Guyanese NGO Helps Evicted, HIV-Affected Family Build New Home

Guyanese NGO Helps Evicted, HIV-Affected Family Build New Home

Luke and volunteers construct a new house. {Photo credit: L. Ross/MSH.}Photo credit: L. Ross/MSH.

In January 2011, Amelia and her partner, Luke --- both HIV positive --- began accessing HIV care and support services at the Agape Network through its community home and palliative care program.

Agape Network is one of the NGOs that receives technical support from the PEPFAR-funded, USAID-implemented, Guyana HIV/AIDS Reduction and Prevention Project (GHARP II), led by MSH.

When the Agape staff first met Luke and Amelia, they were living with their two daughters at Luke’s family’s home. The situation was tense because Luke’s relatives did not approve of his relationship with Amelia.

Finally, in December 2011, the tension escalated and Luke, Amelia, and their family were thrown out of the house.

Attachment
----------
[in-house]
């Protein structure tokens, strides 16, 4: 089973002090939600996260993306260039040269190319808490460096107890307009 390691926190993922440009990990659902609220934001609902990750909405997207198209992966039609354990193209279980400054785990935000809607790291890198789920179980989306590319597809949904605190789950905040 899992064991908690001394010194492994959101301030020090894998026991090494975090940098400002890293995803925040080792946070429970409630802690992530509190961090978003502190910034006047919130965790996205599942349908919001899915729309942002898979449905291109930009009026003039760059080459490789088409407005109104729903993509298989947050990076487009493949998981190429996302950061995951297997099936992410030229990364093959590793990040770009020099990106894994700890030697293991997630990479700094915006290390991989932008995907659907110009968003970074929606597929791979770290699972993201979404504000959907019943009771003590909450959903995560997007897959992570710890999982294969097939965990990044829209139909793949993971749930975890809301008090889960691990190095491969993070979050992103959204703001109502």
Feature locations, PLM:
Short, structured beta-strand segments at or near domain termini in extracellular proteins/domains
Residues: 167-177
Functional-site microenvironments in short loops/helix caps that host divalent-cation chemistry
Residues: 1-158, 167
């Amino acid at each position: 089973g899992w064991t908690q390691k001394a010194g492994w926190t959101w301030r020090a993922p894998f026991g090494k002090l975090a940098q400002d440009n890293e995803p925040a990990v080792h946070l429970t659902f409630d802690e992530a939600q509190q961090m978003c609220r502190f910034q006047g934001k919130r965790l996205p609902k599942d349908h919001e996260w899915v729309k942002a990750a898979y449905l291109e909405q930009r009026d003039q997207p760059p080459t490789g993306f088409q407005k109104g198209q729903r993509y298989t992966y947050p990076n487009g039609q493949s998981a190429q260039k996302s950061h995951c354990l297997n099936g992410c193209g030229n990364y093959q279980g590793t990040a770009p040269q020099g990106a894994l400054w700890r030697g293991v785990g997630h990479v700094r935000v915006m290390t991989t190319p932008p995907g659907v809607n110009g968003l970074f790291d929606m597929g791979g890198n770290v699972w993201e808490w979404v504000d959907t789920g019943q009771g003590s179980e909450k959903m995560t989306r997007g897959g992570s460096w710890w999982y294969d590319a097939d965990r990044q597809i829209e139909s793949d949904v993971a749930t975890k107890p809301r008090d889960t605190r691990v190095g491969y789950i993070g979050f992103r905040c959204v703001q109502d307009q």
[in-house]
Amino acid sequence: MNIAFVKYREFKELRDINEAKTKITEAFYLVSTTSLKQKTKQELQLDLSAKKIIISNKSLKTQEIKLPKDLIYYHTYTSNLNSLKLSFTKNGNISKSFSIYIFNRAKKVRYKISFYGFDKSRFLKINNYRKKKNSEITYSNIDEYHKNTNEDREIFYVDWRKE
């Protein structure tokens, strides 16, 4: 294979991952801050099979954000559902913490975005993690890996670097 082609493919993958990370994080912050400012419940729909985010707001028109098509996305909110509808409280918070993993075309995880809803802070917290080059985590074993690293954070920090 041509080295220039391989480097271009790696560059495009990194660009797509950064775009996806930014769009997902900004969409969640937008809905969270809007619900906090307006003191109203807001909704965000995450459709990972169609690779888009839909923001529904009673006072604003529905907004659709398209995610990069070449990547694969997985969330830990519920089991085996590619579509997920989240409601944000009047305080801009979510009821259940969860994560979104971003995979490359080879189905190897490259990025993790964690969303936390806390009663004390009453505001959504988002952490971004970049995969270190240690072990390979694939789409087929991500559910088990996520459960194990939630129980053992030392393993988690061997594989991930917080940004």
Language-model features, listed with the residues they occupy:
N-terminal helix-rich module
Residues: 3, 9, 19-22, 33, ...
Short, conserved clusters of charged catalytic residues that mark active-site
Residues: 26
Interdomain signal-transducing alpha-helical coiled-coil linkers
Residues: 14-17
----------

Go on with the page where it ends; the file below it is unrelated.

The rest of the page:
Finding themselves homeless, the couple erected a make-shift shed on a plot of swampy land. At that time, it was the rainy season, and the house offered little protection from the harsh weather. To add to their distress, there was an upsurge of rape in the community, which made Luke reluctant to go to work and leave Amelia alone. Luke worked irregularly and was not able to earn enough money to support Amelia and their daughters.

After learning of the family’s need, Agape organized fundraising activities and networked with partner organizations and residents to raise funds to construct a small house for the family.

Agape also found a volunteer contractor and builders to help construct the house. Working together, Luke and the volunteers completed the house in just three days.

The couple was elated by this overwhelming display of support from Agape and its partner organizations, as well as the volunteers.

The family moved into their new home in May 2012.

Amelia is pleased to see how far her family has come with Agape’s support. “We are extremely happy… we have a roof over our heads and the children are with us again… we are grateful for all the help,” she said.

GHARP II, led by Management Sciences for Health (MSH), works with NGOs like the Agape Network to improve access to prevention, treatment, care, and support services, and provide psychosocial and economic support to people living with and affected by HIV.

Shameza David is program officer for the second phase of the MSH-led Guyana HIV/AIDS Reduction and Prevention Program (GHARP II).

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